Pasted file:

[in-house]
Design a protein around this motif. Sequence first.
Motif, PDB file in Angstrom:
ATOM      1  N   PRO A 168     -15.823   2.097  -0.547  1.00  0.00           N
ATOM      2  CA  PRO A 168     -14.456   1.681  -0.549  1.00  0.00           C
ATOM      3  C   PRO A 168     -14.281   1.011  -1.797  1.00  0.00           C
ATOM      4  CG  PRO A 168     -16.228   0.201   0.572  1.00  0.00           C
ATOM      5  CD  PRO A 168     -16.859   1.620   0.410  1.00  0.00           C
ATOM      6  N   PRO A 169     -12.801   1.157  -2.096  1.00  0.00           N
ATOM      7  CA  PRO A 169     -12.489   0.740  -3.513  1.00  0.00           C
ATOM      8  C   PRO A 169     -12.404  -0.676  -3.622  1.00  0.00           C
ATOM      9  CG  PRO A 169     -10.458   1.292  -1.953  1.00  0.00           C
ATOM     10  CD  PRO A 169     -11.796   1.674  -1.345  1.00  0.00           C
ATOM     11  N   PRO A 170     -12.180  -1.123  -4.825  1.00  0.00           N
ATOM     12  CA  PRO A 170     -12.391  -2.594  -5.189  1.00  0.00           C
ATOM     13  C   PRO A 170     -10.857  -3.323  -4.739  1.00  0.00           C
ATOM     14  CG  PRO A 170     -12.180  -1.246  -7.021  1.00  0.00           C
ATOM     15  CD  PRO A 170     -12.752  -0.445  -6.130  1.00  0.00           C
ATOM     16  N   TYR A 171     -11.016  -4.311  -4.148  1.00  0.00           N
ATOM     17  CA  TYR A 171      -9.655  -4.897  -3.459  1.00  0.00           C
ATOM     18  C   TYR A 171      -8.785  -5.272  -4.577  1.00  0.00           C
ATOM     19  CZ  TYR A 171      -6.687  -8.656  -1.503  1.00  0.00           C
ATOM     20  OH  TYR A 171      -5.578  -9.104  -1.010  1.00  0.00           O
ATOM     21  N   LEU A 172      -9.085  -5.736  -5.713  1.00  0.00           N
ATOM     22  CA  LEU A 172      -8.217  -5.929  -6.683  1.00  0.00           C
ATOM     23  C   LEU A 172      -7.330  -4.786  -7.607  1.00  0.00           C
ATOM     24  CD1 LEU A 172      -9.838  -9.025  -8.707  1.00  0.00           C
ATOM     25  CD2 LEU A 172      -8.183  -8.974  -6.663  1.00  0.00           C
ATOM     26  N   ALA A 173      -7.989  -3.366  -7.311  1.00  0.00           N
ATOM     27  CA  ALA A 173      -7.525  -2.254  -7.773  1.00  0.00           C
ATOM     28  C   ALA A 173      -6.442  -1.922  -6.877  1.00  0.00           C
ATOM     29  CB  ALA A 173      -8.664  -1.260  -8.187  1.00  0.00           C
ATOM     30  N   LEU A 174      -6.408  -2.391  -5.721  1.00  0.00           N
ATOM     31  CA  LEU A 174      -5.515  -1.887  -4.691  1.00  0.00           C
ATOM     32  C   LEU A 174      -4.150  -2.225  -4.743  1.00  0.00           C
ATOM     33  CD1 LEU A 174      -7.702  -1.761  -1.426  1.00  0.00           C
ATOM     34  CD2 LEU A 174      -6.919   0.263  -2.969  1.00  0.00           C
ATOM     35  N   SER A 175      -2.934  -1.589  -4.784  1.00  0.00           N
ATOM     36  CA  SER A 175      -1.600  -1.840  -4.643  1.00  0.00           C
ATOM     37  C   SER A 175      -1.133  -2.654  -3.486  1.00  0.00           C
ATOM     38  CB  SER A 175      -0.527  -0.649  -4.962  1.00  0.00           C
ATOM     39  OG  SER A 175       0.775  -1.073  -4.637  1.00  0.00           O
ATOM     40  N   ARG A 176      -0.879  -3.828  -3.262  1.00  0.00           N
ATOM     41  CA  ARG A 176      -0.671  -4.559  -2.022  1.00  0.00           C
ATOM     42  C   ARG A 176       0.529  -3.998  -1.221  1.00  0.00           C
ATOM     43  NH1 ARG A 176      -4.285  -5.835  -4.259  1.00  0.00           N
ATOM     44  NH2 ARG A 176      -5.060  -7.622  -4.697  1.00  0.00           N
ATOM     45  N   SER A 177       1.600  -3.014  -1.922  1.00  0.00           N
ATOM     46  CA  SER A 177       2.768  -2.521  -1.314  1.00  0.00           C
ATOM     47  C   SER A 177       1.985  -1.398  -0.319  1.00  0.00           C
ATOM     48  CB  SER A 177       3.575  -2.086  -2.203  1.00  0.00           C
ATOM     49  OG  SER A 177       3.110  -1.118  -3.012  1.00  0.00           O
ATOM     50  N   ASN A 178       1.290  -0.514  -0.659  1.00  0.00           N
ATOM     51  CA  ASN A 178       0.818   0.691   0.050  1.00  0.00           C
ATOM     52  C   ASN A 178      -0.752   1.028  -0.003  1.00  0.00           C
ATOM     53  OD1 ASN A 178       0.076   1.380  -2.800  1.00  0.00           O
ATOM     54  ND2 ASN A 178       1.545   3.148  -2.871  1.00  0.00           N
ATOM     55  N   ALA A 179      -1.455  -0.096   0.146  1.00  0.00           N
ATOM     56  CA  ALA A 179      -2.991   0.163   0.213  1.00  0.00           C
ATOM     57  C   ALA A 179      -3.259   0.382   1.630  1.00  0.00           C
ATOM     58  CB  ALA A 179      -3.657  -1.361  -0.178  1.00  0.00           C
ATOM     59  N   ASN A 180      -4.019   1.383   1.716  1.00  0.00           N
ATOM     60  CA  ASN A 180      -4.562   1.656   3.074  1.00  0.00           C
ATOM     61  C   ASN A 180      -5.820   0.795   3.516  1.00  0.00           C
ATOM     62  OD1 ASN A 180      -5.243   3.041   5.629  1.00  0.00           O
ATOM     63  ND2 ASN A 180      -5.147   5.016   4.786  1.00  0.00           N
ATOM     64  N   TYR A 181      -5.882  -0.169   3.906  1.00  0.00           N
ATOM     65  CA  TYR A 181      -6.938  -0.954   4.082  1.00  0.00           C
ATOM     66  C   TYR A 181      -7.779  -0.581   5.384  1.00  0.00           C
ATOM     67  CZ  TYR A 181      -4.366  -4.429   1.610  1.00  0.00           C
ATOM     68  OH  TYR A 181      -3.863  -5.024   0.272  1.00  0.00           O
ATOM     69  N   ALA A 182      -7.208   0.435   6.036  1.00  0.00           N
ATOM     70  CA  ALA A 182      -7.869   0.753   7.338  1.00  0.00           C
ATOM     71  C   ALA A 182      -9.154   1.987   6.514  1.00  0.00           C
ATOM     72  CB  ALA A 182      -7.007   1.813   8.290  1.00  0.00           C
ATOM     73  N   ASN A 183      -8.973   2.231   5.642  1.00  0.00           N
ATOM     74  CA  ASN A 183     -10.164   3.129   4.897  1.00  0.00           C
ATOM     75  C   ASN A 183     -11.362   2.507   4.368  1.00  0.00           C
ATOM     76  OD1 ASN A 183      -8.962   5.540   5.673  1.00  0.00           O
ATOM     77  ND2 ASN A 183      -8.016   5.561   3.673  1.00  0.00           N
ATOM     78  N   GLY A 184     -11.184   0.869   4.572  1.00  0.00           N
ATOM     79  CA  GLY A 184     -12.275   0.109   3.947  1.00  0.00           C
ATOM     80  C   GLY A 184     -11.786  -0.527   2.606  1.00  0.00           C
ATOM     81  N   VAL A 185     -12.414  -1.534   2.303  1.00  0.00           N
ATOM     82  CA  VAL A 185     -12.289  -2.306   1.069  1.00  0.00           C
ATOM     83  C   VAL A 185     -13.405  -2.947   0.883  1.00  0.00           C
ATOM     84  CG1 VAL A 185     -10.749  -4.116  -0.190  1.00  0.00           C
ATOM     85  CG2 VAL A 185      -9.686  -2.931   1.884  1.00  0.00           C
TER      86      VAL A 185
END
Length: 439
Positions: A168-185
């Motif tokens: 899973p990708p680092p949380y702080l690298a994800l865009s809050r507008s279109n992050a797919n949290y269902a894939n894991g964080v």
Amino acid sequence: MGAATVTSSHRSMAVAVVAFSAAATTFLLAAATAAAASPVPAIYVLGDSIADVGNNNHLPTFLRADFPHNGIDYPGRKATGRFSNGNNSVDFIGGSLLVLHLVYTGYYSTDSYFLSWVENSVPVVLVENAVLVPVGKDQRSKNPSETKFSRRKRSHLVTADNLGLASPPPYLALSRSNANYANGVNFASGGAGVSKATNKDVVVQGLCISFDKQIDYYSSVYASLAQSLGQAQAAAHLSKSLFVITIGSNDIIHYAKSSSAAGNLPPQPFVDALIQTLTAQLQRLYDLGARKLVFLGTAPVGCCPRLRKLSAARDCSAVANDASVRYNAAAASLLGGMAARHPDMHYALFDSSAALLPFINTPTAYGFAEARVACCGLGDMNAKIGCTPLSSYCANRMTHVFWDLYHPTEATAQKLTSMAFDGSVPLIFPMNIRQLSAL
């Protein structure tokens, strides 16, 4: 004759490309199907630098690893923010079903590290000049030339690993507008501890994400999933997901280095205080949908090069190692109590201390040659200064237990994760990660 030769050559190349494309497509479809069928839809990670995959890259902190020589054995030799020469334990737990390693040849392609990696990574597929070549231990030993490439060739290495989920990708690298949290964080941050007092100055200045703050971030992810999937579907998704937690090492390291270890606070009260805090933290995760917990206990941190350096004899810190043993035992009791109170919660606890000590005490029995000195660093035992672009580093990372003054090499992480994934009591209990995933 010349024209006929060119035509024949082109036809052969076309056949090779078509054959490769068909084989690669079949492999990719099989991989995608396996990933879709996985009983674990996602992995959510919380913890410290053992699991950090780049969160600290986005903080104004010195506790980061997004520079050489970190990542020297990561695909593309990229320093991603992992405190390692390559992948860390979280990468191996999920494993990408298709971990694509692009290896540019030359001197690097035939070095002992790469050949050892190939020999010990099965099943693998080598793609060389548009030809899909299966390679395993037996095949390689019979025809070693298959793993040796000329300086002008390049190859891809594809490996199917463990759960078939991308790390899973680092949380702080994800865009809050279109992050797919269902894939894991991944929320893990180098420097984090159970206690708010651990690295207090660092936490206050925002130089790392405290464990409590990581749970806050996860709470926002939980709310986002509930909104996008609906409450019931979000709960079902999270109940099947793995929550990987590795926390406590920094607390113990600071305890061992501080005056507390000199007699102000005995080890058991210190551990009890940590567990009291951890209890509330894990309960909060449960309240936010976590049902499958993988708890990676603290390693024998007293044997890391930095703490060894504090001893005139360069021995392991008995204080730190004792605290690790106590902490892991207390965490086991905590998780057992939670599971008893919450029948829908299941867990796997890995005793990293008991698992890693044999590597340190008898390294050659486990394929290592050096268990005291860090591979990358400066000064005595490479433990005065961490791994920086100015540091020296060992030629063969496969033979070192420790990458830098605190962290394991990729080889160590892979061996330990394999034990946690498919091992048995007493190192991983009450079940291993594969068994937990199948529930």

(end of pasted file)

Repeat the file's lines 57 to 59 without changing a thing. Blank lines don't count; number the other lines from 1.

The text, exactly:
ATOM     54  ND2 ASN A 178       1.545   3.148  -2.871  1.00  0.00           N
ATOM     55  N   ALA A 179      -1.455  -0.096   0.146  1.00  0.00           N
ATOM     56  CA  ALA A 179      -2.991   0.163   0.213  1.00  0.00           C